Learning From My Scars

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Learning From My Scars

Created with GIMP

Created with GIMP

Emily Chen

Created with GIMP

Emily Chen

Emily Chen

Created with GIMP

Sage Guzman, Staff Writer

As a little kid, I would climb all the time. On anything and everything, whether it was a tree, or a landscape, or a roof, I was never afraid to just go for it. As I quickly learned, my daredevilish actions resulted in a lot of falling. These little adventures of mine often times caused some pretty nasty cuts and bruises. My parents would constantly tell me “Sage, stop climbing things, you’re going to get all those ugly scars again.” At first, I never paid attention to the scars. Partially because I didn’t care and partially because I could never sit still long enough to notice them. As I got older, though, I started realizing these scars and remembering how I got them. Strangely enough, they brought me a sense of nostalgic joy-memories of innocent, enjoyable times. Plus, they’re always a great conversation topic!

Some of the more severe scars reminded me of horrible times. One in particular that spans in a diagonal line across my right pointer finger to my pinky, brings me chills every time I think about it. I had a gruesome accident in which I almost lost three of my fingers. Although I never wish to relive any incident of that kind again, it has made me stronger. It was some of the worst pain I had ever felt in my entire life. So whenever I’m going through any type of suffering, I think: “If you’ve gone through that, you can do this.” It makes me feel strong that I came out of such a terrifying experience as a smarter, more resilient person.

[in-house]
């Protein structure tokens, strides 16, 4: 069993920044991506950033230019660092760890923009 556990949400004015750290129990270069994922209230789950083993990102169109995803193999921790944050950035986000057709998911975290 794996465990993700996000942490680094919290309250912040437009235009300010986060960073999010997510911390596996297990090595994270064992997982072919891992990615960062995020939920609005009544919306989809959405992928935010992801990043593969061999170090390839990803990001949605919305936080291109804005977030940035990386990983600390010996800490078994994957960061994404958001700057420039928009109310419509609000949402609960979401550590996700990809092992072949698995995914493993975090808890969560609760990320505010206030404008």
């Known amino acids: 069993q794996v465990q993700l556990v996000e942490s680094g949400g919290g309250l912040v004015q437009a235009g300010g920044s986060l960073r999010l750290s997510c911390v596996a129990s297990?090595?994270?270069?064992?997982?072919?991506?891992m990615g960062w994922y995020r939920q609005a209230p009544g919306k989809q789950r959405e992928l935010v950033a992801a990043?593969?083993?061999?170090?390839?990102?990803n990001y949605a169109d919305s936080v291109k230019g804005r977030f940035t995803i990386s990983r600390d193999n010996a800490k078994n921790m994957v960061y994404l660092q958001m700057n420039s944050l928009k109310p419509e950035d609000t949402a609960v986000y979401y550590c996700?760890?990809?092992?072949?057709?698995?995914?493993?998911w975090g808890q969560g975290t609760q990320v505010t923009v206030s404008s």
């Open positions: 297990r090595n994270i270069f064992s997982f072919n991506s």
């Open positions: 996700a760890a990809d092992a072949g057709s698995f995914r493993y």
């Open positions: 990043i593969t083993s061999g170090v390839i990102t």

Much like scars, certain events in our lives can haunt us forever-if we give them the power to. Alternatively, we can make them give us the power over future decisions we make. Bad things that happen to you should not be erased, but rather embraced and remembered. Especially if they bring us a sense of pride like mine do. Not to say that scars are the prettiest or most flattering things to have plastered on your body, but we are shaped by our experiences, good or bad. Hardships are just more opportunities to learn and grow. No matter how many you grow through, you will always be a wiser, more knowledgeable person after the fact.

Because of this, I’ve learned to stop looking at my scars with disgust, and start looking at them with a sense of pride.

Graphic by EMILY CHEN